The Second War of the Waleses is often framed as a brother-against-brother David and Goliath between the poorly treated Sussexes and the sinister institution which overshadowed their destiny, but in truth this is a clash between two strong, and calculated, PR machines. And at stake is not freedom, but image control.
But the heart of the Sussex problem is authenticity. To their fans, they are authenticity personified. But that’s hard to reconcile with the ease in which they utilise their fame, derived from birth and marriage into the royal family, while in the same breath denouncing the institution itself.
The merger was fraught from the beginning, predicated on the expectation that Markle could successfully transition from fourth-ranked of six on a scripted television series, to seventh-ranked of 15 in a modern royal reality television series. As the now-disgraced Lady Susan Hussey foreshadowed, it all ended in tears.
Worse, the Sussex brand is being strangled by its own inconsistency. They advocate for climate change, but still fly private. They project the omnipresent aura of capital-R royalty, while selling themselves as royals-for-rent. And they talk up the relatable pressures of working parenthood while sitting on (and living off) a royal trust fund worth millions.
Their Netflix pot of gold is also proving to be something of a Faustian pact. This is the same Netflix that gave us Diana: The Musical, and has mangled the story of Harry’s parents, Charles and Diana, into the melodramatic fiction of The Crown. The machine is hungry, and the Sussexes have to deliver on their payday.
The new series will inevitably bring out the couple’s critics, baying for them to be stripped of their titles. But peerages – that is, titles like Duke, Earl and so on – while simply created (a process known as issuing Letters Patent) are much, much harder to take away.
The Titles Deprivation Act 1917 does permit the suspension or dissolution of a peerage, though the act was largely created to deal with British aristocrats who sided with Germany over the UK during the First World War. (The most famous case: Queen Victoria’s grandson. Prince Charles Edward, the-then Duke of Albany.)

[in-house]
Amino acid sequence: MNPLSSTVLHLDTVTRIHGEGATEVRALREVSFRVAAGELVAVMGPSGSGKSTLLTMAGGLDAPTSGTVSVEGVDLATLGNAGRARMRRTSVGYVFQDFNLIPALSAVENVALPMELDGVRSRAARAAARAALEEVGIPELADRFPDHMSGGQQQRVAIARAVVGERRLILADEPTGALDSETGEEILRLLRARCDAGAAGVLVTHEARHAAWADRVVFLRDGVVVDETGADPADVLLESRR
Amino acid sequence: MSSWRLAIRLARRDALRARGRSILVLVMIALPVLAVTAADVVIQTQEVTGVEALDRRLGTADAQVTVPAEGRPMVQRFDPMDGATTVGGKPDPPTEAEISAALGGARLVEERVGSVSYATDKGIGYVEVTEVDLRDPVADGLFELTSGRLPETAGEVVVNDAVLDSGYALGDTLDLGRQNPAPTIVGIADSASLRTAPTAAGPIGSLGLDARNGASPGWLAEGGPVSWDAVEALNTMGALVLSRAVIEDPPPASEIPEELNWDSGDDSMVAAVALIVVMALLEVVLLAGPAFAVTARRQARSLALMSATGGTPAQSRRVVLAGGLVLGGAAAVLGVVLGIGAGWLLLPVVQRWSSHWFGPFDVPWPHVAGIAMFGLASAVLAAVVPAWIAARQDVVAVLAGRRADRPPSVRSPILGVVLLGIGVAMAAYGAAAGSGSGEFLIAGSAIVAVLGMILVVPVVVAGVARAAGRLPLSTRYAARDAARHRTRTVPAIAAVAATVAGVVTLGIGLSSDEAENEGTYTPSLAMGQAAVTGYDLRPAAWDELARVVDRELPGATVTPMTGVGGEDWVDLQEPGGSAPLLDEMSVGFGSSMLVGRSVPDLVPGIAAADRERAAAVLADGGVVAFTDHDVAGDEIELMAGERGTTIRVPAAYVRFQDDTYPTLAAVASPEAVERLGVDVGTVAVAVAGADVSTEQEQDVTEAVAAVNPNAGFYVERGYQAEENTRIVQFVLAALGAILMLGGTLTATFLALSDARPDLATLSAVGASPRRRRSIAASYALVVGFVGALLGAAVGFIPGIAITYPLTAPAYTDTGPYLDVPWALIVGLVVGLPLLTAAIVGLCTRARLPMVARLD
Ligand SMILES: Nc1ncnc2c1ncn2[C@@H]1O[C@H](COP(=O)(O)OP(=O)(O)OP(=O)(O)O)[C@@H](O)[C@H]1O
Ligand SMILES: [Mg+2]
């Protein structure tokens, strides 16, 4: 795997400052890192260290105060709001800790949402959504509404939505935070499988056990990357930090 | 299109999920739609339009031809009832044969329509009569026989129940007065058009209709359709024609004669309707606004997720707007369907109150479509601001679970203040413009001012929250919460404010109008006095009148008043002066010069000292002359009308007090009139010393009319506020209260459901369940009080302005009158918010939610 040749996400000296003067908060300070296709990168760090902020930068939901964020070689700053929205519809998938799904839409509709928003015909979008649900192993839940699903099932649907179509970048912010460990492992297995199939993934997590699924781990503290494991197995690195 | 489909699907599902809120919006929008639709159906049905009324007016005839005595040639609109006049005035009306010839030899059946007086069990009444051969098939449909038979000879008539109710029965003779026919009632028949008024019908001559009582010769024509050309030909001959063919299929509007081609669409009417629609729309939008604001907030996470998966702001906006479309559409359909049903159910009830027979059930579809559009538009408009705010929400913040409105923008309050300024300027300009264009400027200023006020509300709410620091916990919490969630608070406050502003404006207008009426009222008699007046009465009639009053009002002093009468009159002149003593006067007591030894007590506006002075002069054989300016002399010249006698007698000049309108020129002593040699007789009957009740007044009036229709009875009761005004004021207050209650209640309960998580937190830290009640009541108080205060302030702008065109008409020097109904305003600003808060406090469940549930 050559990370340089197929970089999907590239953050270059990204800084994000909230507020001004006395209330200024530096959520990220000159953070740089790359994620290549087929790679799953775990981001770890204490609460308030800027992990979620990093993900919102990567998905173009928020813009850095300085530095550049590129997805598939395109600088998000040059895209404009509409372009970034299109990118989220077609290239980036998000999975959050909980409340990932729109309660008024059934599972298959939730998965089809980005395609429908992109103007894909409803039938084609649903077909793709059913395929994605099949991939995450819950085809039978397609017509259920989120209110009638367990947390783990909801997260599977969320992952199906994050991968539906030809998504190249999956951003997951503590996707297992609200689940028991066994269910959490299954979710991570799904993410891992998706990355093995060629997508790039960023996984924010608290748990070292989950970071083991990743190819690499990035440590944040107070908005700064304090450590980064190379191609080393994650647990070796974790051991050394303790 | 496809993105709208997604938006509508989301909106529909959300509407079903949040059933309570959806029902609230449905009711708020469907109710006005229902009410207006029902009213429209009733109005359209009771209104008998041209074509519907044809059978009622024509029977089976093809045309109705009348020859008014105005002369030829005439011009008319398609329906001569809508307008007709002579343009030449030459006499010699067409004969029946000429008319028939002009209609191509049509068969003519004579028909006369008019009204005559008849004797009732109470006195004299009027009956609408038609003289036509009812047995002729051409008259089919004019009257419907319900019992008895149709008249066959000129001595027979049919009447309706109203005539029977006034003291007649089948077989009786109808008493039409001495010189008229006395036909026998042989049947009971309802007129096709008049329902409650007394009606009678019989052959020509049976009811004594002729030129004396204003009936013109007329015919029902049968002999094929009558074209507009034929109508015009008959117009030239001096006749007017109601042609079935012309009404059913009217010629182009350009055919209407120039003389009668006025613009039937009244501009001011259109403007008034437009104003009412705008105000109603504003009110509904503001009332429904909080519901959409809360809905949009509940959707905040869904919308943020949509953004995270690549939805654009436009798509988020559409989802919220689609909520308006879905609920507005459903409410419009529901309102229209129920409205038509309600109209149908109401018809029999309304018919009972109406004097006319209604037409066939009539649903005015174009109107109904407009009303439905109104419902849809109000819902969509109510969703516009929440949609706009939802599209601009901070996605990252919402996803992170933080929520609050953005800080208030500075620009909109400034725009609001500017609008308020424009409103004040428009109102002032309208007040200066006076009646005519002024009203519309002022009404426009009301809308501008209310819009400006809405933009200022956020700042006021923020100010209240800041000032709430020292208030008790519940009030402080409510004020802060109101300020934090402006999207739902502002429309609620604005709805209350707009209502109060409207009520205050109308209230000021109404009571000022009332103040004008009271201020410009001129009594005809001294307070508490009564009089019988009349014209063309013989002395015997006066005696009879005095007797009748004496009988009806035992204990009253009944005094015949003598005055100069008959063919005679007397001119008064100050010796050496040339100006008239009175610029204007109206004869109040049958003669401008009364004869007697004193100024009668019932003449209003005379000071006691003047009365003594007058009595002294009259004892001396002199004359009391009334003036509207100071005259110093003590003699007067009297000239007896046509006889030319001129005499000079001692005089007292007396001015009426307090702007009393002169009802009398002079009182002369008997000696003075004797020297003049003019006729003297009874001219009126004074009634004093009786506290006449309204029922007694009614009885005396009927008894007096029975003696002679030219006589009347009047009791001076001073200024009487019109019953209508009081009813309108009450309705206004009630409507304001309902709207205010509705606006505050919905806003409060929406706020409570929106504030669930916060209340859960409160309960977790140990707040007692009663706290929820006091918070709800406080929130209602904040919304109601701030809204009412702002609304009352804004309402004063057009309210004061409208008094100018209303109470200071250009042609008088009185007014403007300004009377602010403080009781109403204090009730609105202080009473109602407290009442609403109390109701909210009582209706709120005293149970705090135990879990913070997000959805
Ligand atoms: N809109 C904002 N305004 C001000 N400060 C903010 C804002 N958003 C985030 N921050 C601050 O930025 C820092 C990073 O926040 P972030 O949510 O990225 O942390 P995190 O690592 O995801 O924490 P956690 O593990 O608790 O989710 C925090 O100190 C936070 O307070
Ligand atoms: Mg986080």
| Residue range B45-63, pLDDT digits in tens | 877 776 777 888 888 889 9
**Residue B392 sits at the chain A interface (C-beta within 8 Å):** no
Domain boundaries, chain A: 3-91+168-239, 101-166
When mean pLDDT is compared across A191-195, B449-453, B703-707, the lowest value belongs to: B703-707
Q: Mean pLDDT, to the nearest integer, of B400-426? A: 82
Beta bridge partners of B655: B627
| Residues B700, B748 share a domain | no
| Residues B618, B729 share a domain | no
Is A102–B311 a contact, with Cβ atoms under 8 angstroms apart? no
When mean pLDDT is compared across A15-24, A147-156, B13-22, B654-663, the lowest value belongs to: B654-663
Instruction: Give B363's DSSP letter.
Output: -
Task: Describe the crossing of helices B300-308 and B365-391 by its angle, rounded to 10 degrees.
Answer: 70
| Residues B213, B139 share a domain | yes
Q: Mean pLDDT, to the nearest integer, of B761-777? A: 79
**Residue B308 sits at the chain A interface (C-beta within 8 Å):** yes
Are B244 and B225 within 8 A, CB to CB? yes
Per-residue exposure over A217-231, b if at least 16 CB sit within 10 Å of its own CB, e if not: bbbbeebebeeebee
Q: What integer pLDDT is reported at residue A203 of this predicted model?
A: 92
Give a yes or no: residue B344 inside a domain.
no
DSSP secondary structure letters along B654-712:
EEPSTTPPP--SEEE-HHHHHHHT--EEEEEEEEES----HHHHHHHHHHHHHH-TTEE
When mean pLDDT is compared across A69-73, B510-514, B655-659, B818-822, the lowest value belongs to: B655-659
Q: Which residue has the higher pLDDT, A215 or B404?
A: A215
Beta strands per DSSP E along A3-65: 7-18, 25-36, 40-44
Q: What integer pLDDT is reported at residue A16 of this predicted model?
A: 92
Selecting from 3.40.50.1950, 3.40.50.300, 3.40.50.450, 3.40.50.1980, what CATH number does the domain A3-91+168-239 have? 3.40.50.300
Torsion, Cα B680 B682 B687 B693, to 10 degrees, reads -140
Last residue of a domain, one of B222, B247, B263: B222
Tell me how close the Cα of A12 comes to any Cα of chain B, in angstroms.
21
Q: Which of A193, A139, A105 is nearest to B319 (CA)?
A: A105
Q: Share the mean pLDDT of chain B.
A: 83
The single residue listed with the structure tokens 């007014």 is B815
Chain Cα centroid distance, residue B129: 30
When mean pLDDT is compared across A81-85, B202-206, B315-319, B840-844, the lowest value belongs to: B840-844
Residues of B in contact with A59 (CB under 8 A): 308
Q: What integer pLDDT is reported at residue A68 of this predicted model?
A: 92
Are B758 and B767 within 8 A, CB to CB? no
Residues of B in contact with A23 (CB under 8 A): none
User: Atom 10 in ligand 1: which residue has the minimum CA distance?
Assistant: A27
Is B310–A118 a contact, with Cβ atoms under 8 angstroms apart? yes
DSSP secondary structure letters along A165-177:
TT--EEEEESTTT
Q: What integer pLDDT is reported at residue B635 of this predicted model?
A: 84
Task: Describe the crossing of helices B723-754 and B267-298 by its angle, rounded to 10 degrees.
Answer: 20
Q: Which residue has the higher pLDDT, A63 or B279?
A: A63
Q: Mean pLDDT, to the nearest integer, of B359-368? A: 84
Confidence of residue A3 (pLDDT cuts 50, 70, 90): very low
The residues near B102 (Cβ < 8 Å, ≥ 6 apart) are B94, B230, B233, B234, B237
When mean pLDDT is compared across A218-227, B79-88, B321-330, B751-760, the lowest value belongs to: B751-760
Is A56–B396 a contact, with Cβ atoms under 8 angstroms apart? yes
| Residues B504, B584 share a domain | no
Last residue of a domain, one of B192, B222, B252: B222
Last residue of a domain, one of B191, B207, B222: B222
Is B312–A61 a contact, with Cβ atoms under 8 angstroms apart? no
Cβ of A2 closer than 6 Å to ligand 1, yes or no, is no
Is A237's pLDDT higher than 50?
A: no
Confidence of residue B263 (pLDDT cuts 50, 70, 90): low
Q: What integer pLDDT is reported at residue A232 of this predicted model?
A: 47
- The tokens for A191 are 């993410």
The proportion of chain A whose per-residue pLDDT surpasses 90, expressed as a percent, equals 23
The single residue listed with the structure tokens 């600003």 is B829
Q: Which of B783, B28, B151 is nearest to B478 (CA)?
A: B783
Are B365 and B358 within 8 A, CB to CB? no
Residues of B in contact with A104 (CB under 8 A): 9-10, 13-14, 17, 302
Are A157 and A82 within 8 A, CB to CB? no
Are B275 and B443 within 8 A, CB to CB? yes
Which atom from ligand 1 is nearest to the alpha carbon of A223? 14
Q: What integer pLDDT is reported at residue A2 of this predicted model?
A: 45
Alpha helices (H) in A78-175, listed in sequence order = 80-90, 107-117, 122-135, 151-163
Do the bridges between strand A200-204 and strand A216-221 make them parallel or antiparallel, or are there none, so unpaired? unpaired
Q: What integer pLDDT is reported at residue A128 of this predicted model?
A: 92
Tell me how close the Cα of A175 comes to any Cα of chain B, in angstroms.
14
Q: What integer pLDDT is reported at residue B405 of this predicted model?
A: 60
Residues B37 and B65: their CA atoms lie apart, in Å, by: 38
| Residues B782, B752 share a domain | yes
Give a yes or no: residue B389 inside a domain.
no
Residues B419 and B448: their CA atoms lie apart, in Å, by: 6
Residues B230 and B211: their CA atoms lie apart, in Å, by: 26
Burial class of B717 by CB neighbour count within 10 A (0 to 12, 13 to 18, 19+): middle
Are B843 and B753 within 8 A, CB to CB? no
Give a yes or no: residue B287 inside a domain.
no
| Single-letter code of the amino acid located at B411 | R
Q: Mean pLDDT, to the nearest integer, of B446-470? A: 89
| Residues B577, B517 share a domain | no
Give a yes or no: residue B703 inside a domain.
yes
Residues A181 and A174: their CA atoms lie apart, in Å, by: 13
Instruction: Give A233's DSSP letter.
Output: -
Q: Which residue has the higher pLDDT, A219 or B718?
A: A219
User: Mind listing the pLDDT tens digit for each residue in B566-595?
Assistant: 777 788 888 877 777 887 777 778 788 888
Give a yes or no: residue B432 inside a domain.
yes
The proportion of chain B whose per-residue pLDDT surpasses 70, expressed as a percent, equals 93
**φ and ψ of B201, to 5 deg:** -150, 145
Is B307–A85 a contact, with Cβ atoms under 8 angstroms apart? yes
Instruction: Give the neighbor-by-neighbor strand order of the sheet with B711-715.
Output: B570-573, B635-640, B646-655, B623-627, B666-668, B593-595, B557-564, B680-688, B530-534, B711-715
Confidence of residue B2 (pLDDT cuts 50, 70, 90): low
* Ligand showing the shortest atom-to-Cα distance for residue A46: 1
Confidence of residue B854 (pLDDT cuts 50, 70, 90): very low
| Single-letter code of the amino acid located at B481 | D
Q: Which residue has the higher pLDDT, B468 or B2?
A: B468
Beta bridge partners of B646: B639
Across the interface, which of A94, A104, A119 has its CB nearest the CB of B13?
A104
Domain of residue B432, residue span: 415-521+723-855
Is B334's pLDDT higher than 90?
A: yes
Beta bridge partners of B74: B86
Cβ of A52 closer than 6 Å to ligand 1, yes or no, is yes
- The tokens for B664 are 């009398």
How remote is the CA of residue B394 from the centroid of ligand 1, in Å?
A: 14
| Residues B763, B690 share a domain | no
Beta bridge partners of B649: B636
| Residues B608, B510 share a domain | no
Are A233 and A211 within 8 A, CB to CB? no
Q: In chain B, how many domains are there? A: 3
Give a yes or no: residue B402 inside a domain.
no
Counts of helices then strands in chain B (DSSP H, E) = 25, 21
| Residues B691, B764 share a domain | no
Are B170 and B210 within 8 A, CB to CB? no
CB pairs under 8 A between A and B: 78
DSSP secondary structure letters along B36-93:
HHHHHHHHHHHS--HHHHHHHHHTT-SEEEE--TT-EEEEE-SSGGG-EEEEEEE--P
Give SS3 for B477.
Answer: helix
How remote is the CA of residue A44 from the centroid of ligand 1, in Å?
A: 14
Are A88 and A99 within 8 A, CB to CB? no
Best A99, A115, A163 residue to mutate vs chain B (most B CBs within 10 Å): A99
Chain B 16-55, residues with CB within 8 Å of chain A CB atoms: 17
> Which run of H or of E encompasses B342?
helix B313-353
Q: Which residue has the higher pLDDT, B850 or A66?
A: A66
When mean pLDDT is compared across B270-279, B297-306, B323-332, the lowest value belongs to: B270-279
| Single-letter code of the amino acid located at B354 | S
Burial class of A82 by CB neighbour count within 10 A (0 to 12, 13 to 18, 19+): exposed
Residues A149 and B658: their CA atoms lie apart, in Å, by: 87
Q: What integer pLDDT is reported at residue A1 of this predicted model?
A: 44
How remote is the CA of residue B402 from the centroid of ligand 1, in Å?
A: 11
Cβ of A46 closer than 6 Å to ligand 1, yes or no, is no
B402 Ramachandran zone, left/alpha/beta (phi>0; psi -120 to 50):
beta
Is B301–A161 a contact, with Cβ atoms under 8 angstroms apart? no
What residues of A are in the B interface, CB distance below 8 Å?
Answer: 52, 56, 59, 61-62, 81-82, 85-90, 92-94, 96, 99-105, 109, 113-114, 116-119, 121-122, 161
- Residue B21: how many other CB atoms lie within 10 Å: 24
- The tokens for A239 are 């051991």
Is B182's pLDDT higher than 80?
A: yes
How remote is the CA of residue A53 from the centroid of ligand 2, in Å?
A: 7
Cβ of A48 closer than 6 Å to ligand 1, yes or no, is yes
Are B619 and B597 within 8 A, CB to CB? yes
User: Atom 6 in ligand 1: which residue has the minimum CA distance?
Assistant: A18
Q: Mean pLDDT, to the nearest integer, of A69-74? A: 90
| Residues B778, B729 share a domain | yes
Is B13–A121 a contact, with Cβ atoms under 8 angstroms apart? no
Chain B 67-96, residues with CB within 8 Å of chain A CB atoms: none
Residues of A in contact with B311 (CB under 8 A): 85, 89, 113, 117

The peculiar nuance of a modern monarchy, however, means things are less clear. Harry and Meghan could decline to use their titles, in the same way that, say, Camilla used Duchess of Cornwall instead of Princess of Wales, and Prince Edward’s children use Lady Mountbatten-Windsor and Viscount Severn instead of prince and princess.
Even debating the use (or non-use) of something as intangible as a royal peerage is as flimsy as the title itself. But make no mistake, in the world of the Waleses, Windsors and Sussexes such titles are supremely important, as are the micro-formalities that go with them.
It’s why the royal family structure even their private interactions around things as arcane as “the orders of precedence”, which dictate who bows and curtsies to whom, and who enters a room first. And it’s why the Sussexes, despite their protests, have not surrendered their most valuable asset: their titles.
This is, after all, a couple who had to be told by the Queen that they could not use the word “royal” in their commercial activities in the United States. That is perhaps the most telling detail of all.
Whatever happens, Harry & Meghan will certainly cast the die in establishing whether the rift between the runaway royals and their wider family can be mended.
And in that sense it is a monumental gamble: that the Sussexes can capitalise on their American fame using an “us and them” narrative to build brand capital, while not incinerating the institution which, by virtue of their connection to it, is the source of their American fame in the first place.
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